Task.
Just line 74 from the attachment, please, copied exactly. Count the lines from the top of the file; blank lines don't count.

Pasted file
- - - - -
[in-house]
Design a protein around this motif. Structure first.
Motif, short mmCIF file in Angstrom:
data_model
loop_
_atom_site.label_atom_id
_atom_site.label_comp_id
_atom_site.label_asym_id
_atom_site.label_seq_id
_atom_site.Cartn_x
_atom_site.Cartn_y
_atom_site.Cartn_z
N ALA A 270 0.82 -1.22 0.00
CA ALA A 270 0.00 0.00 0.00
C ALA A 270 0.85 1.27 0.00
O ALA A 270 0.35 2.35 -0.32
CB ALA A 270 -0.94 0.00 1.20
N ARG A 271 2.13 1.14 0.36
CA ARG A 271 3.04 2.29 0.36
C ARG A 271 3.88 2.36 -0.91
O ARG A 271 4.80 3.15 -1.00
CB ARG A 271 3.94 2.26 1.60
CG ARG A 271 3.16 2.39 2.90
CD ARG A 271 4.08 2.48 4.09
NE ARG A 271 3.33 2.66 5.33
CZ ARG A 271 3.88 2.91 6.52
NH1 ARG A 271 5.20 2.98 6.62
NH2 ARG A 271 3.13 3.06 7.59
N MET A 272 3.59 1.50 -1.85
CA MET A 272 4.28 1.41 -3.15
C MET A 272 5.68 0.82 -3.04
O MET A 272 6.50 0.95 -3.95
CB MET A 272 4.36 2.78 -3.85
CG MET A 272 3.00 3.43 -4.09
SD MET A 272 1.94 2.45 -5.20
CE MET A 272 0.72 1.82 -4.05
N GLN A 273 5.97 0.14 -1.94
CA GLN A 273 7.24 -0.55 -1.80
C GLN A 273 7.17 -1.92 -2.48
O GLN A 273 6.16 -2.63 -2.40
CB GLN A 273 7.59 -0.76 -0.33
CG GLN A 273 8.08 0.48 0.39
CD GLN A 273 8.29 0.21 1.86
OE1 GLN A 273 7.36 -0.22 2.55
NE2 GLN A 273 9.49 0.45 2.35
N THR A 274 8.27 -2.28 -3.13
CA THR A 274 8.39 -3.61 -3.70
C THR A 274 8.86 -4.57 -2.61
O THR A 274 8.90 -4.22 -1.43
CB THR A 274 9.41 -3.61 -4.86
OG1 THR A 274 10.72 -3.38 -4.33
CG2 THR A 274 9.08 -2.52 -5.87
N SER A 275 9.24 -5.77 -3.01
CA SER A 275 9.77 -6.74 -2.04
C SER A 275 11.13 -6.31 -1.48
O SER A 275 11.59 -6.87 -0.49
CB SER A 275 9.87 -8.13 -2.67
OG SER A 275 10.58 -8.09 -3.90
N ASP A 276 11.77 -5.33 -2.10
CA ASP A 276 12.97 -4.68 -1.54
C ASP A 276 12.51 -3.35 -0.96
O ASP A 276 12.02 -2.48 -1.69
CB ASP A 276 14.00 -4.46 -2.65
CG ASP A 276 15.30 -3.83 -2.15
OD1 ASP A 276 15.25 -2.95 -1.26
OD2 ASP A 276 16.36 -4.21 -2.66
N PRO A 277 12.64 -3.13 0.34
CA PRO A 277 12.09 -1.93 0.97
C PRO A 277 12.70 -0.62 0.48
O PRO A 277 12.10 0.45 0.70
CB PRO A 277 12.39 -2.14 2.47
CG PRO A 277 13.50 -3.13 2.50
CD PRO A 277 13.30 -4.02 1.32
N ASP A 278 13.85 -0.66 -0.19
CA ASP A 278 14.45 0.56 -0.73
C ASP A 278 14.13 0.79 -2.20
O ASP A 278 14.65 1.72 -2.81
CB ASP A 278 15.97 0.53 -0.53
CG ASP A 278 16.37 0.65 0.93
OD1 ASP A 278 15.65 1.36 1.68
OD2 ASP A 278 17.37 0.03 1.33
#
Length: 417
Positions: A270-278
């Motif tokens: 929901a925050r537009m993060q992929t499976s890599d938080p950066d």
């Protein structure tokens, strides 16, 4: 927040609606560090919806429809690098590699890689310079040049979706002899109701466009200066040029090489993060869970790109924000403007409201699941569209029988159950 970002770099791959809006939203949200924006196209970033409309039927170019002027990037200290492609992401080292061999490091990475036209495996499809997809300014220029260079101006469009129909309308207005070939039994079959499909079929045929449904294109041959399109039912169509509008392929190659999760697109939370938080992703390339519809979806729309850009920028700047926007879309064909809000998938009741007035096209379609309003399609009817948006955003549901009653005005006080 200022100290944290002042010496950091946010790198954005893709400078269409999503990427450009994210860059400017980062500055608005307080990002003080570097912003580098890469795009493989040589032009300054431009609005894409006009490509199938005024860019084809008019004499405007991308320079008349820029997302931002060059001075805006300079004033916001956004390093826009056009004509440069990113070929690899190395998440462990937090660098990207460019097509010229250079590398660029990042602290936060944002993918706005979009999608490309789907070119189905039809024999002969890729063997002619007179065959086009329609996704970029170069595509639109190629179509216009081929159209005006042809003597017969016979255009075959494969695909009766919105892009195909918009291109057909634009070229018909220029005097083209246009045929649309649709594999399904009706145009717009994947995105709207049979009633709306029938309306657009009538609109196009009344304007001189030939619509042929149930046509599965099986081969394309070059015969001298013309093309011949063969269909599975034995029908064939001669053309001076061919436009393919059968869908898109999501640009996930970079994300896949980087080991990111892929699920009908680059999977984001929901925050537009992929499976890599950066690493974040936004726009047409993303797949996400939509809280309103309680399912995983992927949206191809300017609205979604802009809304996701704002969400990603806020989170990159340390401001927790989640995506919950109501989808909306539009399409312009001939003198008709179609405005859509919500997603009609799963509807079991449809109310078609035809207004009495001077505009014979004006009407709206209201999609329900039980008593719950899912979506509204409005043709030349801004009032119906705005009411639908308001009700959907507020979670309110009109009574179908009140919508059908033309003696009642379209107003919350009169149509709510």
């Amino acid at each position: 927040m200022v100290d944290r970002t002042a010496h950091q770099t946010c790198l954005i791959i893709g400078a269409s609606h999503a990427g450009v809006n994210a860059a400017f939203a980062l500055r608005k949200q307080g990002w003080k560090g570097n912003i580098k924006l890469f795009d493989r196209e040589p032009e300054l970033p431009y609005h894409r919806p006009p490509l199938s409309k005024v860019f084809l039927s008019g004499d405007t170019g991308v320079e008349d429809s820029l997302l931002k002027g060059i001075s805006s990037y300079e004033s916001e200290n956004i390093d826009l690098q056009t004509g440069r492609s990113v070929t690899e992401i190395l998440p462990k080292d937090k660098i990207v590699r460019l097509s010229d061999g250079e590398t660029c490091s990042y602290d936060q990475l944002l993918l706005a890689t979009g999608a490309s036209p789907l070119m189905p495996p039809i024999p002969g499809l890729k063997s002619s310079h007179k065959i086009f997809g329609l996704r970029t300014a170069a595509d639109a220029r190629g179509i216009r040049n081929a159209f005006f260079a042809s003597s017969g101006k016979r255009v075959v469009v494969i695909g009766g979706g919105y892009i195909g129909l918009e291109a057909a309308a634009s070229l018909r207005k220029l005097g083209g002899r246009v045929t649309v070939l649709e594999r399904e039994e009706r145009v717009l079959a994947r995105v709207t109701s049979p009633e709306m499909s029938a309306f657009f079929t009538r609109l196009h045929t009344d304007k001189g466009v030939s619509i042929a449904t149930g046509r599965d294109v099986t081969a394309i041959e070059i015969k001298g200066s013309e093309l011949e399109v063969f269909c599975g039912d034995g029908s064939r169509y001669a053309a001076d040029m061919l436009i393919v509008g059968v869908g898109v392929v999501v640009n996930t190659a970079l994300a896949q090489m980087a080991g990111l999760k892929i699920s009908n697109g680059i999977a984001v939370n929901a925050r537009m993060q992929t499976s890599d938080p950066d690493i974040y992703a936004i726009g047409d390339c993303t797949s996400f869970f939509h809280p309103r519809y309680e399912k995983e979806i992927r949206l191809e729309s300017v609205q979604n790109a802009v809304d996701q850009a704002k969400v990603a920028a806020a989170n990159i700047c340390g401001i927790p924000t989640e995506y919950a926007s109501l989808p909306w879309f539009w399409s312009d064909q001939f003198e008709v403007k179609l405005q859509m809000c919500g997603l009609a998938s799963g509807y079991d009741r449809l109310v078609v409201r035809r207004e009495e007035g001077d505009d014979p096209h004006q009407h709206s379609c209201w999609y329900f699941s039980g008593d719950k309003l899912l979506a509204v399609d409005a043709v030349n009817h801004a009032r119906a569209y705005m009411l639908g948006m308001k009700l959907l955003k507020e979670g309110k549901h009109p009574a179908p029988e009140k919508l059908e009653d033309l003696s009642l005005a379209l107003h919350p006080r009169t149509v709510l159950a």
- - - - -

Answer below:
N ASP A 278 13.85 -0.66 -0.19